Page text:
I can only imagine the fear going through a driver's head as their airport towing car slides in the snow while pushing a commercial airplane that's carrying hundreds of passengers. Unfortunately, an employee at New Chitose Airport in Japan had to experience just that yesterday, when their vehicle slipped while moving a Korean Air flight, causing the aircraft's wing to collide with that of another aircraft.
According to Reuters, the Korean Air Airbus A330 was loaded with 289 passengers and was in tow, preparing for take off. When the towing car slipped in the snow, it caused the A330's wing to clip a Cathay Pacific Boeing 777's tail wing. Both wings were heavily damaged, though thankfully the 777 was said to be empty, according to Sky News.
This is the second time two planes collided in Japan in just one month. A couple of weeks ago, two planes collided at Tokyo's Haneda airport, tragically killing five people. Thankfully no one was hurt this time, and all 289 Korean Air passengers made it off the plane without injury. No fuel leaks or fires were reported, either. Obviously, the two incidents are completely unrelated.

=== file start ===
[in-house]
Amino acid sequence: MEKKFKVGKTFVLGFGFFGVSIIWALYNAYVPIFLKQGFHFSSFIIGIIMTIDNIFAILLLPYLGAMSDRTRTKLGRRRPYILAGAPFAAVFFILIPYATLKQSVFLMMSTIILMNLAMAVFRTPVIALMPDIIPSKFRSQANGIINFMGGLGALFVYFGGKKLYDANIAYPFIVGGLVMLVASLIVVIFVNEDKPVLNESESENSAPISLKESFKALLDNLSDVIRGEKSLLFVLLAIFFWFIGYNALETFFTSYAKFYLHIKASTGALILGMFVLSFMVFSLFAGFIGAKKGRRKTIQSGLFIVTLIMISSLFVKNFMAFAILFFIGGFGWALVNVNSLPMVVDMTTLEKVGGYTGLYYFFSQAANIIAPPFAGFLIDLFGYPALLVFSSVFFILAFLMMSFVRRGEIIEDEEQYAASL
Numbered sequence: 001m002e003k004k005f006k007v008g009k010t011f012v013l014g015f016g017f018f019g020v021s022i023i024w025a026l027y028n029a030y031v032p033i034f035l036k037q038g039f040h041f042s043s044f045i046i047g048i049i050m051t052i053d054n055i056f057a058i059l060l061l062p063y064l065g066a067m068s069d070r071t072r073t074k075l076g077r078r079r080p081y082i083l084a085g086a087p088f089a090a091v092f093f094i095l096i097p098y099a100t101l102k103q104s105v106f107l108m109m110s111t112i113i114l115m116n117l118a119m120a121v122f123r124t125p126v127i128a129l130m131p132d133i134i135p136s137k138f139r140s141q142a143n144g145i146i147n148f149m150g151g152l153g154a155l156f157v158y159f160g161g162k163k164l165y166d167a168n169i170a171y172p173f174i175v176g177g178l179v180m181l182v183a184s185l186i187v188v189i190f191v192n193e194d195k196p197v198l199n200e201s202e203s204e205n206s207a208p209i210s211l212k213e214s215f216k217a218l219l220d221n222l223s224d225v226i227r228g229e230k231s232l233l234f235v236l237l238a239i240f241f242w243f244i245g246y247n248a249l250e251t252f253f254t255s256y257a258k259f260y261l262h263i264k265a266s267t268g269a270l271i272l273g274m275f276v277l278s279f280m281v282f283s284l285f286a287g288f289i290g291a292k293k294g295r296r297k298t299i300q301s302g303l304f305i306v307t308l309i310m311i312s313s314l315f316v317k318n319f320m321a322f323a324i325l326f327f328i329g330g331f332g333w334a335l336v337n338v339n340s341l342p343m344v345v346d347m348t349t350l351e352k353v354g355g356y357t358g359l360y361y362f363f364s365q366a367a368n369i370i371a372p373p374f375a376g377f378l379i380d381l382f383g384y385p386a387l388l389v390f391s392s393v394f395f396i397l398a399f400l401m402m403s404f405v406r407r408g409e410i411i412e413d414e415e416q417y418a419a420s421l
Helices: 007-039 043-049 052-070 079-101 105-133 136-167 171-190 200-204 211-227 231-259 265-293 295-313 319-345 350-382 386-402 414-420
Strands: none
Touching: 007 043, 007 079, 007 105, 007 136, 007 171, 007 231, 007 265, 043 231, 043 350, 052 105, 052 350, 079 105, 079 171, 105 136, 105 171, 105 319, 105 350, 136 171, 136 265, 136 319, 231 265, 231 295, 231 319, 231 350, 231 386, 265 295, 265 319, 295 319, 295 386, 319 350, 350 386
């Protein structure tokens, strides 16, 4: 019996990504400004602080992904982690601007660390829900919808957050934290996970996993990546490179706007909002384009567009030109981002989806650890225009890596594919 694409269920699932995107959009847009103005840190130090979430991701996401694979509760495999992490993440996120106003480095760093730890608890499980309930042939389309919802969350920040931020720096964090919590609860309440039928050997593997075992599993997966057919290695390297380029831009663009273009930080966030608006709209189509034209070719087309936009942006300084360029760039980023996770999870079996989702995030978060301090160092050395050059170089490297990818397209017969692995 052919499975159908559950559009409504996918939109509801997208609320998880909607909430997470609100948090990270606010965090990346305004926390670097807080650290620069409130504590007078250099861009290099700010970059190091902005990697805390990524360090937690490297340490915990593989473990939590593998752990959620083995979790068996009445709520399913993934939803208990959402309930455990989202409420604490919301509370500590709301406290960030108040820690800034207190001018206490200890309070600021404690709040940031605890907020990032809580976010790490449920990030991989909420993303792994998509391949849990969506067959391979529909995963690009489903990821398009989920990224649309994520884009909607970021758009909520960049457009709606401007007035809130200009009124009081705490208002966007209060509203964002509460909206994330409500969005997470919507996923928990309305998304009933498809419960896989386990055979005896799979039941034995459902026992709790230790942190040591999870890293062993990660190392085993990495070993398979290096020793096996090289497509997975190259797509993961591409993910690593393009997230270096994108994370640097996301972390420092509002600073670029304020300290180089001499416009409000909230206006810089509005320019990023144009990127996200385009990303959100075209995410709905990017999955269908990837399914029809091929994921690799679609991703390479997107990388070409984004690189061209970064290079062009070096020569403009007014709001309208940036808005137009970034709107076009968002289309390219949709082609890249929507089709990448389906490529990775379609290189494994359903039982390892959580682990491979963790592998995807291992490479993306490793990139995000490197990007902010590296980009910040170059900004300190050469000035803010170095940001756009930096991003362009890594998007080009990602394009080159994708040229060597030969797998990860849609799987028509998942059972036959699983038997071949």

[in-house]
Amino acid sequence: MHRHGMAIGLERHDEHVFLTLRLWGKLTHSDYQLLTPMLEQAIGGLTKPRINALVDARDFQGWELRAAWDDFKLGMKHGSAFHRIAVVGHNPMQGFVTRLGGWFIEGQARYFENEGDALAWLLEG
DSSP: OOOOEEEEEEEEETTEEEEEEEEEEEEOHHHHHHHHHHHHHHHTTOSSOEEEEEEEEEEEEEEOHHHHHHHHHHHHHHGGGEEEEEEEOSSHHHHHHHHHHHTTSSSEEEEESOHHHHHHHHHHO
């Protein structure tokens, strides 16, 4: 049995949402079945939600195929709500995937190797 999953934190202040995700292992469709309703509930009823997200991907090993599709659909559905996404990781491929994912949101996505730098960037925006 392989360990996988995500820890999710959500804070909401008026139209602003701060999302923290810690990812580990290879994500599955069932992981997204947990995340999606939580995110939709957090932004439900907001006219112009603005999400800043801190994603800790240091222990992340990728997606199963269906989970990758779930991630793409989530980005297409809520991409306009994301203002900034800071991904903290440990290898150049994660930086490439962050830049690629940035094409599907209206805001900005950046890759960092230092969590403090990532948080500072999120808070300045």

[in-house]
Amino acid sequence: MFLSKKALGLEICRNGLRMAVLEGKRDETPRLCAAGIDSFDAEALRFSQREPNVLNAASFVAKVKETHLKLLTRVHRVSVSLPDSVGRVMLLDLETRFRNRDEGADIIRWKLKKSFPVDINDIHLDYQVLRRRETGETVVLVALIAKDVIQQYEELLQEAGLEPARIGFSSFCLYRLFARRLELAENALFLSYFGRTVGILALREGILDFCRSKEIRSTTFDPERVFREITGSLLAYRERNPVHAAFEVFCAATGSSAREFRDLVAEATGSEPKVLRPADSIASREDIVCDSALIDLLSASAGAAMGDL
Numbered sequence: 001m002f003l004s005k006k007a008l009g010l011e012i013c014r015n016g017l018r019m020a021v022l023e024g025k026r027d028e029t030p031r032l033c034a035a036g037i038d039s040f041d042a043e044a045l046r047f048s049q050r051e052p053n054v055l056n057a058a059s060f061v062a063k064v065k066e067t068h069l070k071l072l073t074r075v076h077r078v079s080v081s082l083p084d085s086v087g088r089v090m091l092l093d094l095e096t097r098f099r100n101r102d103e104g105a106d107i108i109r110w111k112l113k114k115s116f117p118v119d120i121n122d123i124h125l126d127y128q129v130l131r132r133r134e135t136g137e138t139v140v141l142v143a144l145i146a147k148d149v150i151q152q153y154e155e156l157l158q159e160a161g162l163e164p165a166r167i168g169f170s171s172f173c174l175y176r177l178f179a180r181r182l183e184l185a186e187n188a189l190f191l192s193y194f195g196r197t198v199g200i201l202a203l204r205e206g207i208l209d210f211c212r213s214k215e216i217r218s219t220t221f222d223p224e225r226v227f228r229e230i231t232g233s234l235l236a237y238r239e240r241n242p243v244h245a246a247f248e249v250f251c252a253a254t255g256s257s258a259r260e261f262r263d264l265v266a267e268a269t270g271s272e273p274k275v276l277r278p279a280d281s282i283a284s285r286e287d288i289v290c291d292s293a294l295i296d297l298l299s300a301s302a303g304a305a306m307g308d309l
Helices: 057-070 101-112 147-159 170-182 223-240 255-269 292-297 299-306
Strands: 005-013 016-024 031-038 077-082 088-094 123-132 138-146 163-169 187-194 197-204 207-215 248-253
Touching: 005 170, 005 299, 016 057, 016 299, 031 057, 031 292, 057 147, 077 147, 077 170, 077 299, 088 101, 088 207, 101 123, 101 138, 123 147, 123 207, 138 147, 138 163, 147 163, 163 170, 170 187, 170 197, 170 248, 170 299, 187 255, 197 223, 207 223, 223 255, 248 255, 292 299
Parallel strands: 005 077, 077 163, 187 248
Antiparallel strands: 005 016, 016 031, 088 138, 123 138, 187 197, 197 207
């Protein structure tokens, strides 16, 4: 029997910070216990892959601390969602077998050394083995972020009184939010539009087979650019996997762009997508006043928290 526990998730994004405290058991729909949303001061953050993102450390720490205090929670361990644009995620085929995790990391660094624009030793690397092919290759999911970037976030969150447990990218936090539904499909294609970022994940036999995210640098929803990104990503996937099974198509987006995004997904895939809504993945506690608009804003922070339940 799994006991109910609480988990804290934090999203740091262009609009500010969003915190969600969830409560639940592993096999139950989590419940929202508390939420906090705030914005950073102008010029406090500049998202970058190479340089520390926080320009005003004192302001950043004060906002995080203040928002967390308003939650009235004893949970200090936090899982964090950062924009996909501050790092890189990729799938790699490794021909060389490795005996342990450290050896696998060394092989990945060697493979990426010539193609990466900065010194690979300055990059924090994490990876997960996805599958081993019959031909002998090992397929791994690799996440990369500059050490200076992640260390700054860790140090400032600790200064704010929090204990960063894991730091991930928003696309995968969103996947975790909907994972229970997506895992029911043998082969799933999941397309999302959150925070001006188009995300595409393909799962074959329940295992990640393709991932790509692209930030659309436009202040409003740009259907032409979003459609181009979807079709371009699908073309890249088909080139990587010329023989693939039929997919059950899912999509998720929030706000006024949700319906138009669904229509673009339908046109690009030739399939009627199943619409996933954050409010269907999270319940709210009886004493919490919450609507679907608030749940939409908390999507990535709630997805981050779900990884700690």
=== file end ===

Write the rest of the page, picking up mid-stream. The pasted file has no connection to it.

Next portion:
In a video from ABC News, you can see how heavily damaged the Korean Air plane's wing was, so the hit must have been pretty hard. However, you can also see just how bad the weather was, making the towing car's slip more understandable. The snow was really coming down, as several inches of powder had already accumulated and visibility was low. I don't envy the drivers on the ground at airports during those kinds of conditions.
Several flights were delayed and cancelled on Tuesday at New Chitose before that crash even happened, all due to the weather, so it isn't entirely surprising to see such incidents happen. Kathleen Bangs, a former commercial pilot and aviation expert, told the New York Times that smaller accidents like this one while taxiing "are not rare." Speaking as someone who isn't a big fan of flying to begin with, that doesn't make me feel great.
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